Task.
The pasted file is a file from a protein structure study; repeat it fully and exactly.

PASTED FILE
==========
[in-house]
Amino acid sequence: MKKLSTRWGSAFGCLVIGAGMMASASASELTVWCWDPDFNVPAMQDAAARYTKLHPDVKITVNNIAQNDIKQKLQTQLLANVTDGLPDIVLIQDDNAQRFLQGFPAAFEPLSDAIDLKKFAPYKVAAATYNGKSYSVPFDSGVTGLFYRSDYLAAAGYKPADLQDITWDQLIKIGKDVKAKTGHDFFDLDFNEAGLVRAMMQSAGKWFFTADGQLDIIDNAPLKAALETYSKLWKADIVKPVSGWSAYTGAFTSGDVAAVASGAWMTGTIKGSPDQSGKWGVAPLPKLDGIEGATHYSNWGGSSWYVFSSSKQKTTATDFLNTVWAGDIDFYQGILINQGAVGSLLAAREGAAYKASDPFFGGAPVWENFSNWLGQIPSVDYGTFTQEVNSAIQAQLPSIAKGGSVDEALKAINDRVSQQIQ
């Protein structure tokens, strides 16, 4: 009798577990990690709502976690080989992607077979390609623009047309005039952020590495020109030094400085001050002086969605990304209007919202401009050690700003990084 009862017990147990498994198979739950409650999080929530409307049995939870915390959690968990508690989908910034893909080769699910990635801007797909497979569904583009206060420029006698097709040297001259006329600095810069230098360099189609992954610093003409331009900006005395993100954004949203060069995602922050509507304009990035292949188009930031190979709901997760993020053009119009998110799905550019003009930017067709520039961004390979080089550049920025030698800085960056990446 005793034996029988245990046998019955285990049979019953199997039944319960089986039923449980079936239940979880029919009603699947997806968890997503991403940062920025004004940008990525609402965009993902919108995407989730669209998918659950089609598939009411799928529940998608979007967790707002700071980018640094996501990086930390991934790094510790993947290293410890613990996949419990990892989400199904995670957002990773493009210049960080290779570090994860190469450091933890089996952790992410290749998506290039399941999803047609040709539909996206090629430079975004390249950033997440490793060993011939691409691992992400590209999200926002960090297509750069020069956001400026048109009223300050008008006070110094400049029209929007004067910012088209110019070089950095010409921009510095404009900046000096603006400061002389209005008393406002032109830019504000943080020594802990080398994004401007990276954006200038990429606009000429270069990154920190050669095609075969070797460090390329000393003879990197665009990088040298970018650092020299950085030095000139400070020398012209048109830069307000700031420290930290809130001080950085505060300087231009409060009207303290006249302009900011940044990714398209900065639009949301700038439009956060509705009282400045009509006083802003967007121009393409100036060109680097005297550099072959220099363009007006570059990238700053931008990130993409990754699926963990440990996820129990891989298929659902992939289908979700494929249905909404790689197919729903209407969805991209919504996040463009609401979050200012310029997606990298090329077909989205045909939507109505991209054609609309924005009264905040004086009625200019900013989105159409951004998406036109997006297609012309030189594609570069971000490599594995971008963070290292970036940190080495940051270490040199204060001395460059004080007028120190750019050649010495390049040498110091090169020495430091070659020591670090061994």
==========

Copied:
[in-house]
Amino acid sequence: MKKLSTRWGSAFGCLVIGAGMMASASASELTVWCWDPDFNVPAMQDAAARYTKLHPDVKITVNNIAQNDIKQKLQTQLLANVTDGLPDIVLIQDDNAQRFLQGFPAAFEPLSDAIDLKKFAPYKVAAATYNGKSYSVPFDSGVTGLFYRSDYLAAAGYKPADLQDITWDQLIKIGKDVKAKTGHDFFDLDFNEAGLVRAMMQSAGKWFFTADGQLDIIDNAPLKAALETYSKLWKADIVKPVSGWSAYTGAFTSGDVAAVASGAWMTGTIKGSPDQSGKWGVAPLPKLDGIEGATHYSNWGGSSWYVFSSSKQKTTATDFLNTVWAGDIDFYQGILINQGAVGSLLAAREGAAYKASDPFFGGAPVWENFSNWLGQIPSVDYGTFTQEVNSAIQAQLPSIAKGGSVDEALKAINDRVSQQIQ
């Protein structure tokens, strides 16, 4: 009798577990990690709502976690080989992607077979390609623009047309005039952020590495020109030094400085001050002086969605990304209007919202401009050690700003990084 009862017990147990498994198979739950409650999080929530409307049995939870915390959690968990508690989908910034893909080769699910990635801007797909497979569904583009206060420029006698097709040297001259006329600095810069230098360099189609992954610093003409331009900006005395993100954004949203060069995602922050509507304009990035292949188009930031190979709901997760993020053009119009998110799905550019003009930017067709520039961004390979080089550049920025030698800085960056990446 005793034996029988245990046998019955285990049979019953199997039944319960089986039923449980079936239940979880029919009603699947997806968890997503991403940062920025004004940008990525609402965009993902919108995407989730669209998918659950089609598939009411799928529940998608979007967790707002700071980018640094996501990086930390991934790094510790993947290293410890613990996949419990990892989400199904995670957002990773493009210049960080290779570090994860190469450091933890089996952790992410290749998506290039399941999803047609040709539909996206090629430079975004390249950033997440490793060993011939691409691992992400590209999200926002960090297509750069020069956001400026048109009223300050008008006070110094400049029209929007004067910012088209110019070089950095010409921009510095404009900046000096603006400061002389209005008393406002032109830019504000943080020594802990080398994004401007990276954006200038990429606009000429270069990154920190050669095609075969070797460090390329000393003879990197665009990088040298970018650092020299950085030095000139400070020398012209048109830069307000700031420290930290809130001080950085505060300087231009409060009207303290006249302009900011940044990714398209900065639009949301700038439009956060509705009282400045009509006083802003967007121009393409100036060109680097005297550099072959220099363009007006570059990238700053931008990130993409990754699926963990440990996820129990891989298929659902992939289908979700494929249905909404790689197919729903209407969805991209919504996040463009609401979050200012310029997606990298090329077909989205045909939507109505991209054609609309924005009264905040004086009625200019900013989105159409951004998406036109997006297609012309030189594609570069971000490599594995971008963070290292970036940190080495940051270490040199204060001395460059004080007028120190750019050649010495390049040498110091090169020495430091070659020591670090061994």